What Cho needed was an intervention, not a prescription. His roommates, family, and whoever knew him enough to understand the problem needed to confront him just like an alcoholic or drug addict and force him into treatment. Cho had an addiction to alienation. To be sure, Cho was so withdrawn, it's hard to think of anybody who knew him well enough to care. Still, he needed to know somebody did.

Nobody gave Cho a reason to live, leaving him to plod in a private purgatory with no clue how to get out. The Times article mentions Cho often played the song "Shine" by Collective Soul over and over. Consider the lyrics:
Give me a word
Give me a sign
Show me where to look
Tell what will I find ( will I find )
Lay me on the ground
Fly me in the sky
Show me where to look
Tell me what will I find ( will I find )

Oh, heaven let your light shine down

Love is in the water
Love is in the air
Show me where to go
Tell me will love be there ( love be there )
Teach me how to speak
Teach me how to share
Teach me where to go
Tell me will love be there ( love be there )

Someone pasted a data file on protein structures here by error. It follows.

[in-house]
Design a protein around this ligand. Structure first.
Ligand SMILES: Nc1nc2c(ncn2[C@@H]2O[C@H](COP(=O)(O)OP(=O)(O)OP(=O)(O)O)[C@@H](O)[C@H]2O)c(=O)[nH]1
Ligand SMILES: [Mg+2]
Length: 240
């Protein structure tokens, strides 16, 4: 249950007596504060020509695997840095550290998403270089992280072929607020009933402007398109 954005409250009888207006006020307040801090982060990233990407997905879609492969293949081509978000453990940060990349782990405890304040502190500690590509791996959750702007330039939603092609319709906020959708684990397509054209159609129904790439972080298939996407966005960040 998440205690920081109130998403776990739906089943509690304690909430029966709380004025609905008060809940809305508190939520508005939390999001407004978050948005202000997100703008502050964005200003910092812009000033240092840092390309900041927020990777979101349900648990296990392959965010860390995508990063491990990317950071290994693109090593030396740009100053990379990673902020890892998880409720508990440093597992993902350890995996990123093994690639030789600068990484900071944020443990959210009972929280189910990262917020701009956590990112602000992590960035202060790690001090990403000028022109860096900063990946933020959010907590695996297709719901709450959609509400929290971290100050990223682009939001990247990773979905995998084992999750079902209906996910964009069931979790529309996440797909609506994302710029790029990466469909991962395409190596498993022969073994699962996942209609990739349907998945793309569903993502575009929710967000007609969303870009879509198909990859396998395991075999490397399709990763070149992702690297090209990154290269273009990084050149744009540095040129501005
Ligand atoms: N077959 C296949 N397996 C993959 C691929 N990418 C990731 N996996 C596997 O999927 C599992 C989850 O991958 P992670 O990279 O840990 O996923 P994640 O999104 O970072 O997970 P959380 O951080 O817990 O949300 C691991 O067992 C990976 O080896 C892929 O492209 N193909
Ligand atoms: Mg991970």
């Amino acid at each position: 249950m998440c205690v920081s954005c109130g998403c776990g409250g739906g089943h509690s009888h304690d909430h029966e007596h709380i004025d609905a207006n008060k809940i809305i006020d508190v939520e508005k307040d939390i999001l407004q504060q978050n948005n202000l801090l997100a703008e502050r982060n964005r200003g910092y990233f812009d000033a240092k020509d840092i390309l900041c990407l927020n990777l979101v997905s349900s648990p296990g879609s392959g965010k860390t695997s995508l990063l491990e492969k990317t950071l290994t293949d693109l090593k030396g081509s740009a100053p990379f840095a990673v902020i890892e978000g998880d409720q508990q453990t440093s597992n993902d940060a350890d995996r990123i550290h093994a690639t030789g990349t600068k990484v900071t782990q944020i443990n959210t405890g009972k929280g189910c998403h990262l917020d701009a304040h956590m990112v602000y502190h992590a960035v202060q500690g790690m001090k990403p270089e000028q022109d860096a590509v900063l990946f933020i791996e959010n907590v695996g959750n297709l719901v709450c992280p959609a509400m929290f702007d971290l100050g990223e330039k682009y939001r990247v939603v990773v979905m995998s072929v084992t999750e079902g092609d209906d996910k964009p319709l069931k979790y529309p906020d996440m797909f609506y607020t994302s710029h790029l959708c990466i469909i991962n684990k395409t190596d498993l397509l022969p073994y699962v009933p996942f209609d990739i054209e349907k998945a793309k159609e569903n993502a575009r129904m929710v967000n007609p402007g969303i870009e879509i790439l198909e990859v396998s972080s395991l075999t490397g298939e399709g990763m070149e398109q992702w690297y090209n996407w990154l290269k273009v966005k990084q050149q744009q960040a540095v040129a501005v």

Oh, heaven let your light shine down

I'm going to let it shine
Heavens little light gonna shine on me
Yea yea heavens little light gonna shine on me
Its gonna shine, shine on me
Its gonna shine, come on in shine
This is the wake-up call: loneliness can be just as destructive as substance abuse if left untreated. If one does not feel loved by God, by friends, by family, by anybody, and if this is coupled with the lack of mission in life -- a reason to get up in the morning -- then one is dead already. Some will bottle this living mortality inside of them, like Cho did for many years, or they will lash out, angry at their worthless life and resentful of those enjoying the happiness unknown to them. Because we cannot predict with absolute certainty who will react violently and who will not, it behooves us to intervene.